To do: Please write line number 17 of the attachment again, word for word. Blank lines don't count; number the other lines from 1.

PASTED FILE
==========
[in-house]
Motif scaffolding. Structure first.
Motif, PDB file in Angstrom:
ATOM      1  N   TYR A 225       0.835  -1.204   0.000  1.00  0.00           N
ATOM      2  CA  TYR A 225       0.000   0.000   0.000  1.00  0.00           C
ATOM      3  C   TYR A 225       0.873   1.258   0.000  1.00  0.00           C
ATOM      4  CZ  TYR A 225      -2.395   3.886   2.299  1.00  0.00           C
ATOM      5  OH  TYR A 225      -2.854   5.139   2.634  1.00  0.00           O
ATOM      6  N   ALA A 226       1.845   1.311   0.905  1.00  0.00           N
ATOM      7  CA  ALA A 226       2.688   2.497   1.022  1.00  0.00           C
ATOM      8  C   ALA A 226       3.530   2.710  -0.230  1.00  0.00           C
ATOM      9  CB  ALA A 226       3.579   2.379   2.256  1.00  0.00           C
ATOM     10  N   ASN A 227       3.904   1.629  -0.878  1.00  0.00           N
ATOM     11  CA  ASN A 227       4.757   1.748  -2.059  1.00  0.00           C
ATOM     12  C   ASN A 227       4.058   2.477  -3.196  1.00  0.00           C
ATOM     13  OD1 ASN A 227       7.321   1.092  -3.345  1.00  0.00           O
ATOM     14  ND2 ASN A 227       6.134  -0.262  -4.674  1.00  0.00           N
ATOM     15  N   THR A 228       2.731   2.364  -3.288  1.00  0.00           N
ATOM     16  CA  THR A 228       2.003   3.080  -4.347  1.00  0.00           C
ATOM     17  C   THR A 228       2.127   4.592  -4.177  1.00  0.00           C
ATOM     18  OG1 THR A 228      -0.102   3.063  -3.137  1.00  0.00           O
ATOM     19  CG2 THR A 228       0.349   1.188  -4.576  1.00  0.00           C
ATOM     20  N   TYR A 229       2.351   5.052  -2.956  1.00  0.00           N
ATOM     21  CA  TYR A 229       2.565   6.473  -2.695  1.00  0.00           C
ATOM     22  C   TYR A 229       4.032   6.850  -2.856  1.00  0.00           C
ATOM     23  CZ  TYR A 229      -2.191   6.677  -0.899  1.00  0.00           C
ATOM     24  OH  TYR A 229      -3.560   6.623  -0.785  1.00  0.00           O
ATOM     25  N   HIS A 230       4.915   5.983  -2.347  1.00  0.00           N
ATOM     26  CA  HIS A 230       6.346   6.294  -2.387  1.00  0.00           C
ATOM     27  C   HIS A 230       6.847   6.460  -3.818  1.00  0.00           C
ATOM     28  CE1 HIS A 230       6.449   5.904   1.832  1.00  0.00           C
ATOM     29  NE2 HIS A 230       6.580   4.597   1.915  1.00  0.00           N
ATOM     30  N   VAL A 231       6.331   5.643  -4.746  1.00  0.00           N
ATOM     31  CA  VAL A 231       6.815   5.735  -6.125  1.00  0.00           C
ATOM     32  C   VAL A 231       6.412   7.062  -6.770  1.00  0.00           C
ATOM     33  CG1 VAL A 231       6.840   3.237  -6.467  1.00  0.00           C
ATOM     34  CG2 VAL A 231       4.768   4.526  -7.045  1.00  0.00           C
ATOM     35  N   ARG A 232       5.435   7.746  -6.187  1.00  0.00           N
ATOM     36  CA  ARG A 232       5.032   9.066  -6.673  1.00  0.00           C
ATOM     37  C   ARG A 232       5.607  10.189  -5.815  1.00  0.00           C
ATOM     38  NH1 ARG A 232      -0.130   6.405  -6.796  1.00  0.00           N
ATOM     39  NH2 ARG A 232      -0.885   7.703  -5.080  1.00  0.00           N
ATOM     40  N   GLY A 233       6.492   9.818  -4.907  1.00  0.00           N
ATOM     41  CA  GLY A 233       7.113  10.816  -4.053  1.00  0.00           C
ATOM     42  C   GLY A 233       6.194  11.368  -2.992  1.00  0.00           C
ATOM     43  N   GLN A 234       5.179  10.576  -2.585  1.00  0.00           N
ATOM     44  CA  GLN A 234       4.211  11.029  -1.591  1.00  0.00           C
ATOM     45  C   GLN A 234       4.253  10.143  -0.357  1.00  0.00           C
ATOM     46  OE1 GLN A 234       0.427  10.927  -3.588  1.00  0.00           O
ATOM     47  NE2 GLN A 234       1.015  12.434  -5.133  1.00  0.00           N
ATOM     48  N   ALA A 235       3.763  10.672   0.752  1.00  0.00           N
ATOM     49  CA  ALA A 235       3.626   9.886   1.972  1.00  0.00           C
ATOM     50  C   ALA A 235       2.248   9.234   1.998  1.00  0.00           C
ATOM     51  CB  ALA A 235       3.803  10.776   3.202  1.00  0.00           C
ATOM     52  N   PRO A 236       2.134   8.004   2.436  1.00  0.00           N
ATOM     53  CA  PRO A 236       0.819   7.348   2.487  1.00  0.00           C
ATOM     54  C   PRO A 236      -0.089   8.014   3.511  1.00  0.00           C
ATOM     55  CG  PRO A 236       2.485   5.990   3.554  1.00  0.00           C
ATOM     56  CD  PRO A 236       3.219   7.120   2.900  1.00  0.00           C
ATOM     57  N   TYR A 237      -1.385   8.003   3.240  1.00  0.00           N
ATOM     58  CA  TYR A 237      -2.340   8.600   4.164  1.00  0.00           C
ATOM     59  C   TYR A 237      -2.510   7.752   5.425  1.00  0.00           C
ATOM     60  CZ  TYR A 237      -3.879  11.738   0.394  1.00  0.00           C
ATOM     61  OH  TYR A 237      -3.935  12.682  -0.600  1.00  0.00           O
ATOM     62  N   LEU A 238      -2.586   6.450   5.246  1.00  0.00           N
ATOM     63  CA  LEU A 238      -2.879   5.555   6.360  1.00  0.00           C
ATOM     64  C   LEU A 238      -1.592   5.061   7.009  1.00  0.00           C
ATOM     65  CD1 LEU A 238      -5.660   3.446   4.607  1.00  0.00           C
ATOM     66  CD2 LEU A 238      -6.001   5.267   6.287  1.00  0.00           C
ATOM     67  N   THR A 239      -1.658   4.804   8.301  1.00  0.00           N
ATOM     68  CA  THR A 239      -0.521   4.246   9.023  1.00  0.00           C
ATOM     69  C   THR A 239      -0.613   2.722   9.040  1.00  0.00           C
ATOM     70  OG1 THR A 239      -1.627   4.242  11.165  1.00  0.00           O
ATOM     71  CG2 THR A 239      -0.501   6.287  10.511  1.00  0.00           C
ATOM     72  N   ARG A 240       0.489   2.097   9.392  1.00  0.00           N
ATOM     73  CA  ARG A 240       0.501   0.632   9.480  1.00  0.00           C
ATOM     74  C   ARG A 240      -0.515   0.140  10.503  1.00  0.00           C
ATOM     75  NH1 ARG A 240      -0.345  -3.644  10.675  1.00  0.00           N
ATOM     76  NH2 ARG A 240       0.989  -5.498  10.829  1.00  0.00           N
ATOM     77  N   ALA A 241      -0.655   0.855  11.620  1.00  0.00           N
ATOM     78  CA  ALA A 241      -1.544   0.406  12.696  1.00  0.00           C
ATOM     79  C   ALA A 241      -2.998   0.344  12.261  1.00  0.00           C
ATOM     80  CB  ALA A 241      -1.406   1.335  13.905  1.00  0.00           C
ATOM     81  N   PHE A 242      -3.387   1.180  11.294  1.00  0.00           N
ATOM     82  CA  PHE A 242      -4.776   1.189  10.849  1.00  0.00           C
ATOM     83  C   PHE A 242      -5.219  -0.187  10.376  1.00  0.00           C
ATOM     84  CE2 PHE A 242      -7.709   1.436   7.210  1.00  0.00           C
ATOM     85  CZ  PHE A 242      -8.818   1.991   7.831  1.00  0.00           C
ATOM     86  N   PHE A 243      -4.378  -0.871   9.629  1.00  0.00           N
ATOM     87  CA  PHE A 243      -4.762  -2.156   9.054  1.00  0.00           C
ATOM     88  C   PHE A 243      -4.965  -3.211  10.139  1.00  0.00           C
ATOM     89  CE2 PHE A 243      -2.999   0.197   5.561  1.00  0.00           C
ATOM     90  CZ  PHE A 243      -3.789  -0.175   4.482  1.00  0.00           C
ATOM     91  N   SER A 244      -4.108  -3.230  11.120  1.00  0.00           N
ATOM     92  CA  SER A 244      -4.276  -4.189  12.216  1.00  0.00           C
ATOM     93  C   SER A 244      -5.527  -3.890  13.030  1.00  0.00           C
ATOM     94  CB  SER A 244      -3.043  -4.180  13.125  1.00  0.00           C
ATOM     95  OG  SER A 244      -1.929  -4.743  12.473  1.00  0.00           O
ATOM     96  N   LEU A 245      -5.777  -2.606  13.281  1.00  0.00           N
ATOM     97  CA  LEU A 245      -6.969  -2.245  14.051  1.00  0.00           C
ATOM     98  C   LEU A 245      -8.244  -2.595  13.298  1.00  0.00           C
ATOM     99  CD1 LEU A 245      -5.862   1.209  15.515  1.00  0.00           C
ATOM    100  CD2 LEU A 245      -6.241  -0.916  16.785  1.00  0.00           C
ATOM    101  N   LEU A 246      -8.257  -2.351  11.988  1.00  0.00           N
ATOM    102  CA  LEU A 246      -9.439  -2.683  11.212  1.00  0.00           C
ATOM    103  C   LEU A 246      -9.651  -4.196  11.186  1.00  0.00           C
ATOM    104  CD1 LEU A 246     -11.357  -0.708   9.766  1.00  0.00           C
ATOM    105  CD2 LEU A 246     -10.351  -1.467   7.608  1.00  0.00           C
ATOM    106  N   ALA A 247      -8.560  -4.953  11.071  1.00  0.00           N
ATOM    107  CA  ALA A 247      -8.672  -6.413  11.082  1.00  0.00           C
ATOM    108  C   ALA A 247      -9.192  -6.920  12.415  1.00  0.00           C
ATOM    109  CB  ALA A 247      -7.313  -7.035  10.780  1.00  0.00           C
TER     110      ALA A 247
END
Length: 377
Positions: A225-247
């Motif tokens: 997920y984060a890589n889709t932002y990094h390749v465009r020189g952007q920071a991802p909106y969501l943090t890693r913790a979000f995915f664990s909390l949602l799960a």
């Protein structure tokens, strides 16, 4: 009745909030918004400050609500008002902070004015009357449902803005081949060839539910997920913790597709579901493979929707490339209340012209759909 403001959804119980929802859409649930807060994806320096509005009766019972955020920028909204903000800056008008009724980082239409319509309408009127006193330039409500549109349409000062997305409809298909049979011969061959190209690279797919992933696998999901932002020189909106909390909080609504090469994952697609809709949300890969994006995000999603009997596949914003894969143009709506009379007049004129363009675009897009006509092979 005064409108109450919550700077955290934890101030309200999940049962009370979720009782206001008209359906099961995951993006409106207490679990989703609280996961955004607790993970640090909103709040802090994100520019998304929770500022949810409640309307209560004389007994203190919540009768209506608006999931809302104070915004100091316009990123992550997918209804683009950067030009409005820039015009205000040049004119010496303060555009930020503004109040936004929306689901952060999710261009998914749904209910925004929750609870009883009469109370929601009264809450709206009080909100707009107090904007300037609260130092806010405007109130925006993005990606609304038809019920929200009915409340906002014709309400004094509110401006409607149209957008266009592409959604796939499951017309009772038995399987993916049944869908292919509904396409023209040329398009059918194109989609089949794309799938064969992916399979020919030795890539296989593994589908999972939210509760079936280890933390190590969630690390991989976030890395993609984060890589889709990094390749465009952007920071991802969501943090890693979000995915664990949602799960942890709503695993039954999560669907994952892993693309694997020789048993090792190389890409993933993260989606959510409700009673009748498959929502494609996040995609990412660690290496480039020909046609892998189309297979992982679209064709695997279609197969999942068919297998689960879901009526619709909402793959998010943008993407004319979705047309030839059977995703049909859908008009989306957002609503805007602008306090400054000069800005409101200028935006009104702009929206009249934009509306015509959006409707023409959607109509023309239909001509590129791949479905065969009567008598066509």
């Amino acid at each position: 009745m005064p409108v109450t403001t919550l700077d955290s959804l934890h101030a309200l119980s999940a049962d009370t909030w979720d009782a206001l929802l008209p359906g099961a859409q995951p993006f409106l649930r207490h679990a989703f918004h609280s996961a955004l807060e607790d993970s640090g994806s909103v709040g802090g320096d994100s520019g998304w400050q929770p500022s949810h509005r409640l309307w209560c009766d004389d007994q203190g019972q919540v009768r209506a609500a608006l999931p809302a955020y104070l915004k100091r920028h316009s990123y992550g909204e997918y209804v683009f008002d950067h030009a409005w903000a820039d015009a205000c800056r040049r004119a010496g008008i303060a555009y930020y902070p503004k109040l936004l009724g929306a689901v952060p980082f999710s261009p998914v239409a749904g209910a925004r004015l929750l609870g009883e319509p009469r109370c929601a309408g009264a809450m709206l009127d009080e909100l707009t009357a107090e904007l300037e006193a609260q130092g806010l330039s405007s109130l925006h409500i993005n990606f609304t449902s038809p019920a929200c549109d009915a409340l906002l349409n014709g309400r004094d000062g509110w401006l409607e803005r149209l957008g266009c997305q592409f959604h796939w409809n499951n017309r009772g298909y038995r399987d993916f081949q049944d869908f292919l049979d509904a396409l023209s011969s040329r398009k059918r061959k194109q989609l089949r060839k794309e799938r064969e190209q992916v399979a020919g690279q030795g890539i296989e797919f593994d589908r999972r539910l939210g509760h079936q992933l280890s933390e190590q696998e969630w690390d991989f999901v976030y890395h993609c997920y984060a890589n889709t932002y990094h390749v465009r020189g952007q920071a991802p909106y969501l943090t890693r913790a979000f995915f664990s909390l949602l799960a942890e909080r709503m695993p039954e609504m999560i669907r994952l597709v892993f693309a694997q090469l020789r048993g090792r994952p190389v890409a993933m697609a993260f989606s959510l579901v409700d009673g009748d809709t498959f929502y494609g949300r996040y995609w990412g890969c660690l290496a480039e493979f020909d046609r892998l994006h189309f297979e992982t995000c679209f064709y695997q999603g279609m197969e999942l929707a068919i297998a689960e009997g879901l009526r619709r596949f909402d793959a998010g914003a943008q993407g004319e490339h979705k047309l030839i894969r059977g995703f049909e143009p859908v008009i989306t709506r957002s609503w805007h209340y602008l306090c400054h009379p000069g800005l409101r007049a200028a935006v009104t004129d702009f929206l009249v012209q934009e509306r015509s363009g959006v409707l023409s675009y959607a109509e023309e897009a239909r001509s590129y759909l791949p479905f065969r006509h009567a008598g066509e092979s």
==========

ATOM     14  ND2 ASN A 227       6.134  -0.262  -4.674  1.00  0.00           N